Marquee Sports Network wants to create a good impression in its season-opening telecasts of Chicago Cubs baseball. But in trying to look completely professional, are executives torturing broadcasters Len Kasper and Jim Deshaies?
The Athletic’s Jon Greenberg began his Sunday column by calling attention to viewer concerns over Kasper and Deshaies having to wear ties, button-down shirts, and suit jackets while temperatures over the weekend were sweltering in Chicago.
Wearing uncomfortable warm-weather clothing seemed especially concerning on Sunday with 95-degree heat at Wrigley Field and the broadcast team working in an open-air booth. Friday’s season opener wasn’t much cooler, with temperatures reaching 85 degrees.
So why are Kasper and Deshaies being made to suffer for appearances?
According to Greenberg, Marquee executives are behind the shirt-and-tie attire for the broadcast team:
“Marquee Sports Network, run by New Yorkers in Mike McCarthy and Michael Santini, has been vocal about presenting these games as “national network quality” broadcasts, so yes, they’re making Len and JD wear ties, shirts and coats for games.”
That’s led to a hashtag movement among Cubs fans who want to see their favorite broadcasters dress more appropriate for the heat: #FreeLenAndJD.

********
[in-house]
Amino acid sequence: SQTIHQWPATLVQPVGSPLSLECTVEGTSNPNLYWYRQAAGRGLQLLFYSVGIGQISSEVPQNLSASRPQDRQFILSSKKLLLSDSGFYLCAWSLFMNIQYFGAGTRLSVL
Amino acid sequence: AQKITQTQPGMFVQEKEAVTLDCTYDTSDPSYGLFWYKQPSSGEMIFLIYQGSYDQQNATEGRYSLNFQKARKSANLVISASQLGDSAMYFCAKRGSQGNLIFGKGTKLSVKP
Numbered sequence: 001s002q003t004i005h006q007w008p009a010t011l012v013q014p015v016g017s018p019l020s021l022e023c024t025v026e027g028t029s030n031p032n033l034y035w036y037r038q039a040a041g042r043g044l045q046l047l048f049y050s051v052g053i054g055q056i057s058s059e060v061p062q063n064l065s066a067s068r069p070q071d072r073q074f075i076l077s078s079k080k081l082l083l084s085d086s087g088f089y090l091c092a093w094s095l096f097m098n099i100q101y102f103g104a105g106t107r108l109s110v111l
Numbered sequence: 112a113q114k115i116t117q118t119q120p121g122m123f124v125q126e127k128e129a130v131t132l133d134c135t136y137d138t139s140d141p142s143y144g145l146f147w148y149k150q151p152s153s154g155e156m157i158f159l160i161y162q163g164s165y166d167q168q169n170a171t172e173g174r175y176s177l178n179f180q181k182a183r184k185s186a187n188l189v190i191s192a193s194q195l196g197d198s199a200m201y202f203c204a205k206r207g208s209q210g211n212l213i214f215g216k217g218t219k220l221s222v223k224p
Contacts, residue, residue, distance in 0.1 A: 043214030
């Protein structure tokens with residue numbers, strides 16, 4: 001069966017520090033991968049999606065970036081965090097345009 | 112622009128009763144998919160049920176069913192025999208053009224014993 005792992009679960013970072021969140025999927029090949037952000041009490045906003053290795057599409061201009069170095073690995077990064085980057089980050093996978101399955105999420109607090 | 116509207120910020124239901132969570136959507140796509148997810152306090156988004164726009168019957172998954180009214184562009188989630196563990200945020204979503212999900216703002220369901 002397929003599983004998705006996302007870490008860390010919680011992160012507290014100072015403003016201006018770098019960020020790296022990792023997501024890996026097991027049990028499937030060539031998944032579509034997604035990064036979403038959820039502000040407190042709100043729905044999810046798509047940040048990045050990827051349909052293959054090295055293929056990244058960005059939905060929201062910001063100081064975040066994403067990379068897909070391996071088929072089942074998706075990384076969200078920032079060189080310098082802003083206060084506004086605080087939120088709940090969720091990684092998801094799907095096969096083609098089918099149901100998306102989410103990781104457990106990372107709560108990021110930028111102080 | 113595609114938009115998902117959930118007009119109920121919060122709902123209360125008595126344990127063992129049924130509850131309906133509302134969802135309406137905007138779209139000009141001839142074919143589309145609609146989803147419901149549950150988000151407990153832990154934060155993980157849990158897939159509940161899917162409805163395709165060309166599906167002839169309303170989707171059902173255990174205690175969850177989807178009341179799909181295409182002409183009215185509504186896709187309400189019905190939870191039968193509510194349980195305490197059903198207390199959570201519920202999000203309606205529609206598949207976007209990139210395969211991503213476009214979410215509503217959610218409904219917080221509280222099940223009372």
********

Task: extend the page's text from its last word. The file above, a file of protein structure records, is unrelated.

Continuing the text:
Kasper and Deshaies have been allowed to wear cooler polo shirts during broadcasts, but apparently that was a preseason, “Summer Camp” concession.
Don’t you feel cooler just looking at Kasper and Deshaies in polo shirts? Let those guys breathe! As Greenberg points out, making those guys dress that way will seem even more silly when the Cubs are playing on the road and the broadcast is being called remotely from the Wrigley Field booth.
Temperatures don’t figure to get much cooler in August, so might the Marquee bosses relent on what Kasper and Deshaies have to wear on camera? Especially considering that the broadcast team is on camera for so little of the telecast? This isn’t an ESPN-style KBO telecast when the play-by-play announcer and analyst are on-screen with a sidebar during the game.
Check out Greenberg’s column for more on Marquee, including season-opening ratings for the network, in addition to the number of ads visible at Wrigley and who stood out for the Cubs during their first three games.